18 April 2013

Long, Rambling Stories: What Librarians Wish Genealogists Knew

The subtitle of this post is a play on the title of one of the presentations I attended at yesterday's Librarians' and Teachers' Day, part of the New England Regional Genealogical Conference (NERGC) being held in Manchester, New Hampshire, this week. I've attended similar events at other conferences, but for some reason this one was especially eye-opening.

I've written before about my experiences as a library patron during childhood and adulthood. I've also worked in public and academic libraries and taken graduate-level Information Studies courses, a background that continues to serve me well in genealogical search and research.[1]

My biggest takeaway from yesterday's event? Brace yourselves, genealogists. This might be hard to hear, but it really needs to be said:

Genealogists are notorious for telling long, rambling stories, and librarians don't need to hear them!

I got a little taste of what librarians who serve genealogists go through while working for one of the genealogy subscription sites. A woman dropped by our booth at a conference, then went on and on about her search for an ancestor's wife. I honestly don't remember all the details, but the refrain went something like, "She was the love of his life, and I can't find her!"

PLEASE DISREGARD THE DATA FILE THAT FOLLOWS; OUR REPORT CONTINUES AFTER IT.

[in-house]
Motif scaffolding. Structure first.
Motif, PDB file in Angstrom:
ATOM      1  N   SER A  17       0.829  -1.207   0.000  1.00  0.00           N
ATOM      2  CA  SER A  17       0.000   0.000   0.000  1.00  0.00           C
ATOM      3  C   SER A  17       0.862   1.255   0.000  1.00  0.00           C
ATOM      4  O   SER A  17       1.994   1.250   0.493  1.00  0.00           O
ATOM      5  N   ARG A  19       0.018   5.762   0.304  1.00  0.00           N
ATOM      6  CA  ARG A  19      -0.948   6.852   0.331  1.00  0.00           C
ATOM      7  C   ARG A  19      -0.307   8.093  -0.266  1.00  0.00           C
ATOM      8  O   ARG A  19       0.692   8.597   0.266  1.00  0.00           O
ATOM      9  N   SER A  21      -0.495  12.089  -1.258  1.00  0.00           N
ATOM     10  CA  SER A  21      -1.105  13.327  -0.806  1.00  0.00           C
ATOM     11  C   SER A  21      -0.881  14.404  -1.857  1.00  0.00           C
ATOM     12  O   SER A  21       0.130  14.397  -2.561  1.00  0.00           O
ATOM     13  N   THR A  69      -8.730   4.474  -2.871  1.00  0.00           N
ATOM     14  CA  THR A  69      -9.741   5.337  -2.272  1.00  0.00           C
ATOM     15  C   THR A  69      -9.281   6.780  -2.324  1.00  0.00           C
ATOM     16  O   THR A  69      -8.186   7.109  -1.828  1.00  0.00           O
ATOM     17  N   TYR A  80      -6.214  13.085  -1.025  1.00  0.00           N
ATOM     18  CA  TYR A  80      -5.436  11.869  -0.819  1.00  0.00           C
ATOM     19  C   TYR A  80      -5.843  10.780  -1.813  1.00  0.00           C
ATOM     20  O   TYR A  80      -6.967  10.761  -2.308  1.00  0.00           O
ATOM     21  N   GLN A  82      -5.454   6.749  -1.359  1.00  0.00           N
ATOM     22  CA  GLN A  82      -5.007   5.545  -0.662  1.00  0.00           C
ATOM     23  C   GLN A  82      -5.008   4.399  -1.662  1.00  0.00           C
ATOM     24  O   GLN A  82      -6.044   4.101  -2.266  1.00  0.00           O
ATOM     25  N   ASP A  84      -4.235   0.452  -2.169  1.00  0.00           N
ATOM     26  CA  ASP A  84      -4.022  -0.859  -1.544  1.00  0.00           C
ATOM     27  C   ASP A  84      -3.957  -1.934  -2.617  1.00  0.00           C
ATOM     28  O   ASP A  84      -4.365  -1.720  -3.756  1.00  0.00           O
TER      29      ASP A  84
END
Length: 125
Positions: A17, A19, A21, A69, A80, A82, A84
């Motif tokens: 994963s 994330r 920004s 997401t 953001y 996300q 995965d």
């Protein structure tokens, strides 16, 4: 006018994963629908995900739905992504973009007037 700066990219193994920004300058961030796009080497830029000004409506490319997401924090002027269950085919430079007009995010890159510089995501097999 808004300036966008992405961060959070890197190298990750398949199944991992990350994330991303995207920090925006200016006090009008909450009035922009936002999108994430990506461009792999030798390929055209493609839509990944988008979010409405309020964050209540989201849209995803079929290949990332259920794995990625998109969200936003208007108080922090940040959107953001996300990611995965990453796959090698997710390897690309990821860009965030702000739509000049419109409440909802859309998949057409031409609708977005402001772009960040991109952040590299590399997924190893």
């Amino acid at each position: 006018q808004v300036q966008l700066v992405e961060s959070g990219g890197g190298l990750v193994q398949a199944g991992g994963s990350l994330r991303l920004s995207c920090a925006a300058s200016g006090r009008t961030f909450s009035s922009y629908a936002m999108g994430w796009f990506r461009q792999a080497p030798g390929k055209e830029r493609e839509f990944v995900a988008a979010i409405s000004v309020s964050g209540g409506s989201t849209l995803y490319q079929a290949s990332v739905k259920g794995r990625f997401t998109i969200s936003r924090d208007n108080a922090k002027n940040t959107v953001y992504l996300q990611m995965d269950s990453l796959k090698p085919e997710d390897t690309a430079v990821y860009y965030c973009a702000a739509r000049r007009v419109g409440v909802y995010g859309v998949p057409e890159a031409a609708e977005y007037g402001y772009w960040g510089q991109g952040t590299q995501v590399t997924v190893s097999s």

It would have been rude to point out that no subscription site will ever include a database called The Loves of Their Lives, so we had to prompt the woman for relevant details: Where did her ancestor and his wife get married? Unfortunately, our site didn't offer an index of marriage records for that state. Had she tried contacting that state to locate a marriage record?

That was just one genealogist at one conference, telling one long, rambling story. At that conference and a couple of others, I had the opportunity to hear many long, rambling stories told by many genealogists. I tried hard to listen, and so do librarians who interact with genealogists. They get to hear a lot more long, rambling stories than I ever did, and they are very patient. In fact, none of the librarians at yesterday's event used the words "long" and "rambling" to describe the stories genealogists tell. I'm the one who chose those words.

Librarians who go to events like the one I attended yesterday are trying hard to meet the information needs of genealogists. They will continue to listen politely to those long, rambling stories, because librarians are good at figuring out questions, even if their patrons never actually get around to asking.

You know what? I think genealogists need to meet librarians halfway. In yesterday's post I pointed out that using library lingo and tools can really benefit genealogists. Today I'll up the ante. Let's stop boring the librarians of the world with long, rambling stories and start asking relevant questions!

NOTES

[1] The words "search" and "research" are often used interchangeably in genealogical literature. I believe a distinction should be made between the two, but that's another topic for another post.

Copyright © 2013, Madaleine J. Laird. All rights reserved.

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